Then in my late 30’s through the Scriptures, I came to understand grace. Paul said, “It [meaning God’s compassion to sinners] does not depend on man’s desire or effort, but on God’s mercy.” (Romans 9:16). A light dawned in my heart and I realized that it wasn’t anything I did or anything I was that saved me. It was the work of Christ because of the love of God that saved me. The only thing I contributed to my salvation was realizing that I was a sinner in need of a Savior.  I surrendered to His amazing mercy and grace and was set free from the demands of my own guilt and shame. I am no longer driven by the need to be good enough for God. Now I am driven to live by the Word and the Spirit. I desire righteousness, not doing everything right.

Mine isn’t one of those “powerful testimonies” of Jesus saving me out of a life of debauchery – though I was just as lost as the ones who were. But I’ve discovered that it is a testimony a lot of people who live a frustrated Christian life can connect with. Beloved, God didn’t save you because of you, He saved you because of Jesus. And Jesus is enough.

The Stranger at the Well

She was a woman with a reputation that shocked everyone, but also provided endless conversation around the well each morning. “She has another man.” “She didn’t even bother to marry this one.” She’s trash.” The woman may not have been standing at the well, but she knew what they were saying. She felt it to the marrow of her bones – and in her heart, she believed their words were true. She was trash. She never meant to live this way – she felt trapped by her bad choices. It was a hopeless, depressing life.

She wiped the sweat from her brow as she carried the empty water jug in the hot, noonday sun.  As she drew closer to the well she stopped, startled to see a figure seated on the edge of the rock wall. It was all she could do not to turn back and run. But if there was no water at the house, there would be another beating tonight. She marched on, determined to ignore the . . . Oh, my! She sucked in her breath – a RABBI! What in the world was a Jewish rabbi doing in Samaria, sitting on the well in the hottest part of the day? She wanted to run, but he had already seen her and was following her with his eyes.  She braced herself and approached the well, lowering her water jug, as much to defend herself as to draw water.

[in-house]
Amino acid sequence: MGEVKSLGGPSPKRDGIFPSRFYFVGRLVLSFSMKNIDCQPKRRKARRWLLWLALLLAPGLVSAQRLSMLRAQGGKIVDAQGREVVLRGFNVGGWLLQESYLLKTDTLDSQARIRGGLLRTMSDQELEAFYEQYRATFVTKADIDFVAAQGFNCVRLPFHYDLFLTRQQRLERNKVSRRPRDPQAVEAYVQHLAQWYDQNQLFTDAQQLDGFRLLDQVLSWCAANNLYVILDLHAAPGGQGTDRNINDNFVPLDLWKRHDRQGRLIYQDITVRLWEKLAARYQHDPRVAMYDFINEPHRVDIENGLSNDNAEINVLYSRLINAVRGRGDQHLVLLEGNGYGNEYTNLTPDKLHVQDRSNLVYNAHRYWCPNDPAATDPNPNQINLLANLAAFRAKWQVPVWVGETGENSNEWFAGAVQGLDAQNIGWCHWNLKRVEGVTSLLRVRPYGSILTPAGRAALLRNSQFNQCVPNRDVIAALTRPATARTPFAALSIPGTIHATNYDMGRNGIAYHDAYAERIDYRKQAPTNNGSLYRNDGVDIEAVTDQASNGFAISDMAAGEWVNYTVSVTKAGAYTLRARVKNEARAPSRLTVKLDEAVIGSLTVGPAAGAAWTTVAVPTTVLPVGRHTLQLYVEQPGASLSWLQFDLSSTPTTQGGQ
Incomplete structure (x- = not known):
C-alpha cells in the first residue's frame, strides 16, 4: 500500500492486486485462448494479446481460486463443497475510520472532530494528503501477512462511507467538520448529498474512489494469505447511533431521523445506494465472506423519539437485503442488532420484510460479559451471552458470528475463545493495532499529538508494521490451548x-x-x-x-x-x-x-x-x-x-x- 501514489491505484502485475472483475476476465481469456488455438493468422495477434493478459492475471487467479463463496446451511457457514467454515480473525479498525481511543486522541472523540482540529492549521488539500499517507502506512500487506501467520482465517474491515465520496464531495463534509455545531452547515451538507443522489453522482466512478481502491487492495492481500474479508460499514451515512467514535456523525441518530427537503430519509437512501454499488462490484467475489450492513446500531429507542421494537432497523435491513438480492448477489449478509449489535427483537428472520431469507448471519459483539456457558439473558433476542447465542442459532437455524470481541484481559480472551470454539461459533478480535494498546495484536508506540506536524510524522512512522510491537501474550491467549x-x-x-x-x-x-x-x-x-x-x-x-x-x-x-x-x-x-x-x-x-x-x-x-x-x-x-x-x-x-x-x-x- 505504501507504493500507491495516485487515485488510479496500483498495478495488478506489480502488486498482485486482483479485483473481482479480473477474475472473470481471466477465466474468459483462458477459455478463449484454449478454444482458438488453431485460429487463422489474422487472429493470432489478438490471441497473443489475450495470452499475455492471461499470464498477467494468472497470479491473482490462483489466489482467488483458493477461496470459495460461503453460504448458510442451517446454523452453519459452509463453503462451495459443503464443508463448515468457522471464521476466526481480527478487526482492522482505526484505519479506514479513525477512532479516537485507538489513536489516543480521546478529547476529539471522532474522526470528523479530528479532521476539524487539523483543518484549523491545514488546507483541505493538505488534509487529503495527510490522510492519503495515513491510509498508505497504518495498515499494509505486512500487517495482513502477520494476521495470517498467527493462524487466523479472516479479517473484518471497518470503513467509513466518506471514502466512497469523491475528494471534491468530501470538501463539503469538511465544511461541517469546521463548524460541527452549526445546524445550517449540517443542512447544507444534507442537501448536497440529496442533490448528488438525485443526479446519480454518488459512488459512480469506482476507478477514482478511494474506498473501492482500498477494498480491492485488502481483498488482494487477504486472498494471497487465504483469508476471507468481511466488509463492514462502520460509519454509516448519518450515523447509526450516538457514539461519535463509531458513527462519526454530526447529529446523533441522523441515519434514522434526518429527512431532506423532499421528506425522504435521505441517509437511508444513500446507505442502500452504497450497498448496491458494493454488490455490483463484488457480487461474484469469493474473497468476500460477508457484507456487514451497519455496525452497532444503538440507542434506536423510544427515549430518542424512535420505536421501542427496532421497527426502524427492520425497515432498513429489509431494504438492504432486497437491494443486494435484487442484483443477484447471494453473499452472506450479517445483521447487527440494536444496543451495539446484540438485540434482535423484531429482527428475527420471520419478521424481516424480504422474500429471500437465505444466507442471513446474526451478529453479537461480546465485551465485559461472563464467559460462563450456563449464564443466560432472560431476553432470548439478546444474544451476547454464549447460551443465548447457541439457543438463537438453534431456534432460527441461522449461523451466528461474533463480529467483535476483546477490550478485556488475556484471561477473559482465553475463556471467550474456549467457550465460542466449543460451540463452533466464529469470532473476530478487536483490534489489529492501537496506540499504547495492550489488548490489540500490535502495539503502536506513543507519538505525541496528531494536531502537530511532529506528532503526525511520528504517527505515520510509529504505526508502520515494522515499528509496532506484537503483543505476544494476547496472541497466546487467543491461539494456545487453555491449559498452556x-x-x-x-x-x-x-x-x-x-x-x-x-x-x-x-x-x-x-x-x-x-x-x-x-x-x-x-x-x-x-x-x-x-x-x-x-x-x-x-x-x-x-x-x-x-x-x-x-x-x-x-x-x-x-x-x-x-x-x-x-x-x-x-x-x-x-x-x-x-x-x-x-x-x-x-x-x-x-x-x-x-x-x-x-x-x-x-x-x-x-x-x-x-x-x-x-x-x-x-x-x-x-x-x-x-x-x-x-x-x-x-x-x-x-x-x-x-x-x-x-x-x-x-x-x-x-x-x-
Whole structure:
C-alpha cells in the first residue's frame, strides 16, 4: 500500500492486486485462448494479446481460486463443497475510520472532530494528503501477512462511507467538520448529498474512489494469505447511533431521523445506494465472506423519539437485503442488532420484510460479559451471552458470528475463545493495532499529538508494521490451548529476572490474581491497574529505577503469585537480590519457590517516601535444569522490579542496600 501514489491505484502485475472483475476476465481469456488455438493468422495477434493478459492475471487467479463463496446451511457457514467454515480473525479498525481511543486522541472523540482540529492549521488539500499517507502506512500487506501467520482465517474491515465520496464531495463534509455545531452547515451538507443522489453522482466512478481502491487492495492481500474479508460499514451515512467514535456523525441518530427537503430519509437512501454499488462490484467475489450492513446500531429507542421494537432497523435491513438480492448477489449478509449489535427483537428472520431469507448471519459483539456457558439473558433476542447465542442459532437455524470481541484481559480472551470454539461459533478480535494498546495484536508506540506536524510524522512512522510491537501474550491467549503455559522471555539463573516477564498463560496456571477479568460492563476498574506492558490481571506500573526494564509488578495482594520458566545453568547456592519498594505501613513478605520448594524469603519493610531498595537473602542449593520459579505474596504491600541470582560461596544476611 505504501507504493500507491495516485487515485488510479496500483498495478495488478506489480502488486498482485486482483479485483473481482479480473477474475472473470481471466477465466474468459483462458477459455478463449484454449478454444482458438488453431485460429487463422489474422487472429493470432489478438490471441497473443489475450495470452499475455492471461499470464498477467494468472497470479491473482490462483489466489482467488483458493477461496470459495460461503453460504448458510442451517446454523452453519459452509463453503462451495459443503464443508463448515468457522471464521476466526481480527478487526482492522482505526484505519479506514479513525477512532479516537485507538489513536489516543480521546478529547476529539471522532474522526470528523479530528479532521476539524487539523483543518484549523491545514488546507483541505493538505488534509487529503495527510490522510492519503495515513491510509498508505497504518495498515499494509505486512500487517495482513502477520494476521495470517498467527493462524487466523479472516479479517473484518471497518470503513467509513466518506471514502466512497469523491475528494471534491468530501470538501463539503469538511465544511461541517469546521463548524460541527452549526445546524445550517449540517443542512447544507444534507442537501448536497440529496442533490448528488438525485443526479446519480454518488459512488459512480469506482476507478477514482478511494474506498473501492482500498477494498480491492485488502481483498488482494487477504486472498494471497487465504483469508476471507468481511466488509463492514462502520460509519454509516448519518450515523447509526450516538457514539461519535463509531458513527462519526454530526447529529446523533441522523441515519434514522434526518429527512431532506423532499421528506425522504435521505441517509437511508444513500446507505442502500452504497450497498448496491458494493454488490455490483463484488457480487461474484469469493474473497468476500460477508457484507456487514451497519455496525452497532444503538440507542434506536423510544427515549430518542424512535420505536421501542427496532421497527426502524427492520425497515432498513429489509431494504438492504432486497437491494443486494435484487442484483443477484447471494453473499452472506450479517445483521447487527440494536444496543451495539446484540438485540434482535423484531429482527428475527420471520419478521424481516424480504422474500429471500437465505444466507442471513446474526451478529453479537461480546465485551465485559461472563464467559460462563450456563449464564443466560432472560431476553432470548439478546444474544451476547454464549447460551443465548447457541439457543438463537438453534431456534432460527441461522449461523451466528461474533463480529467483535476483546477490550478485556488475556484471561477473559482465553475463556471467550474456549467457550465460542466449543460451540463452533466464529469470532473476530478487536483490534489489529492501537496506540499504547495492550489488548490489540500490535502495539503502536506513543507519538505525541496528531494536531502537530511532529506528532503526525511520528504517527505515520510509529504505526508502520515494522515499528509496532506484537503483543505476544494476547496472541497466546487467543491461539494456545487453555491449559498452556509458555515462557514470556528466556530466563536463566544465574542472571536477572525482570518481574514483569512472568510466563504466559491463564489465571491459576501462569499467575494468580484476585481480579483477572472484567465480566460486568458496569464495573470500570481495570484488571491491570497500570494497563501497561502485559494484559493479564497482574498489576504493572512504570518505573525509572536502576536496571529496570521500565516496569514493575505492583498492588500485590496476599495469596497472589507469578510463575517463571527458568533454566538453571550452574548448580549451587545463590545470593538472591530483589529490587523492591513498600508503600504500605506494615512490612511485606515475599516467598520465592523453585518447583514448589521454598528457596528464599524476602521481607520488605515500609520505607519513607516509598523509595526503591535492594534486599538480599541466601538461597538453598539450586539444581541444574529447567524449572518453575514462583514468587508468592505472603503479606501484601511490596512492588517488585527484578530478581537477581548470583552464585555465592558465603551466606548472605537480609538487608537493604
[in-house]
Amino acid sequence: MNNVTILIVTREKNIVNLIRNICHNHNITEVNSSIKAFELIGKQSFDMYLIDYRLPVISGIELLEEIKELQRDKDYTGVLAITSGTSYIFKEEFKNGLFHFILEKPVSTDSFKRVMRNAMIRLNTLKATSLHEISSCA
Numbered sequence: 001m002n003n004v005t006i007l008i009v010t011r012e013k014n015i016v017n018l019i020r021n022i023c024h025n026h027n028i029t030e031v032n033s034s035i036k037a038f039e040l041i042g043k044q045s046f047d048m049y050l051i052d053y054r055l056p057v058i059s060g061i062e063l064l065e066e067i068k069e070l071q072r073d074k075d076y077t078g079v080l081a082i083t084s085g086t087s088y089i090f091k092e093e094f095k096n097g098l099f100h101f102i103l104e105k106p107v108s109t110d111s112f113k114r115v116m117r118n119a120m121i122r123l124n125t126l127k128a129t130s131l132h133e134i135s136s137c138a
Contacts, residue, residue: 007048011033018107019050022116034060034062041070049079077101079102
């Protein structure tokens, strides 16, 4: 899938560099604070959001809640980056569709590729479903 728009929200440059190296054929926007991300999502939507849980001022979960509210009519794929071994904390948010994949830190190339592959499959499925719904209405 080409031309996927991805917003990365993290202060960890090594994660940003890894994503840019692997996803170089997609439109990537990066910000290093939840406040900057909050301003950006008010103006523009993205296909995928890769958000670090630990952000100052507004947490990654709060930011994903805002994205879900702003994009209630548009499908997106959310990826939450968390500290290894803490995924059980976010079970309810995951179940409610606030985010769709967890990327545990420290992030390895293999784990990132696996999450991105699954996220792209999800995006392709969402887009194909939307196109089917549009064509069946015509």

She heard his voice, “Will you give me a drink?” For a rabbi, she thought, he’s pretty dumb. Jews don’t associate with Samaritans and a rabbi would never speak to an unaccompanied woman – especially one with her reputation. “How can you ask me for a drink?” The man replied, “If you knew the gift of God and who it is that asks you for a drink, you would have asked him and he would have given you living water.” “Living water?” she laughed. “Where is his water jug? Where is his magic well?” And why is he here at all? Don’t they have water in Jerusalem? Jesus doubtless knew her thoughts, and in His great heart I am sure He said, “I am here for you.”

Beloved, whatever your shame, whatever your sin, whatever your regrets and mistakes and failures – Jesus is here for you. To give you living water. To give you life everlasting. To give you hope.

(John 4)

Forgiving Myself

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“Therefore I tell you, her many sins have been forgiven” (Luke 7:47).

She is the town tramp with a well-earned, shameful reputation.  Women whisper about her when she walks past and pull their children close lest her degenerate nature somehow infect them.  Men look at her with disdain – on the outside at least – and lust for her on the inside.  No self-respecting religious authority would publicly be seen near her.  Yet here she is kneeling at the feet of Jesus, weeping tears onto His dusty feet, tenderly drying them with her hair and anointing them with expensive perfume – no doubt funded by her illicit acts.  She is a sinful woman.  And Jesus loves her.  He who alone has the authority to judge her, instead forgives her.  The sin she carried into the house is left in a heap at those perfumed feet and she walks out forgiven.  I cannot image that she spent the rest of her life wrapped in a shawl of shame grieving her past.  So why do we?

Through many years of serving in women’s ministry, the most oft-repeated statement I hear is: “I just can’t forgive myself.”  What if I told you forgiveness is not up to you?  Sweet friend, if you have accepted Christ as your Savior, your past – regardless of how ugly it is – is covered by the all-sufficient, all-powerful, perfectly-cleansing blood of Jesus.  Hear what the Lord says: “I will forgive their wickedness and will remember their sins no more” (Hebrews 8:12).  If God doesn’t remember your sins, why do you need to?  They are gone. Done. Washed away.  If you continue to carry the weight of your sins around, you are saying that Jesus is not a sufficient Savior and that God is a liar.  He has declared you forgiven through the blood of Jesus – why would He say it if it were not so?  Why would you continue to hold onto something that is no longer there?

Here’s the bottom line Beloved.  God has already forgiven you through Jesus’ sacrifice.  There is nothing left for you to forgive.  Leave your shame at the foot of the cross and claim the new life you have been given.

“There is now no condemnation for those who are in Christ Jesus” Romans 8:1.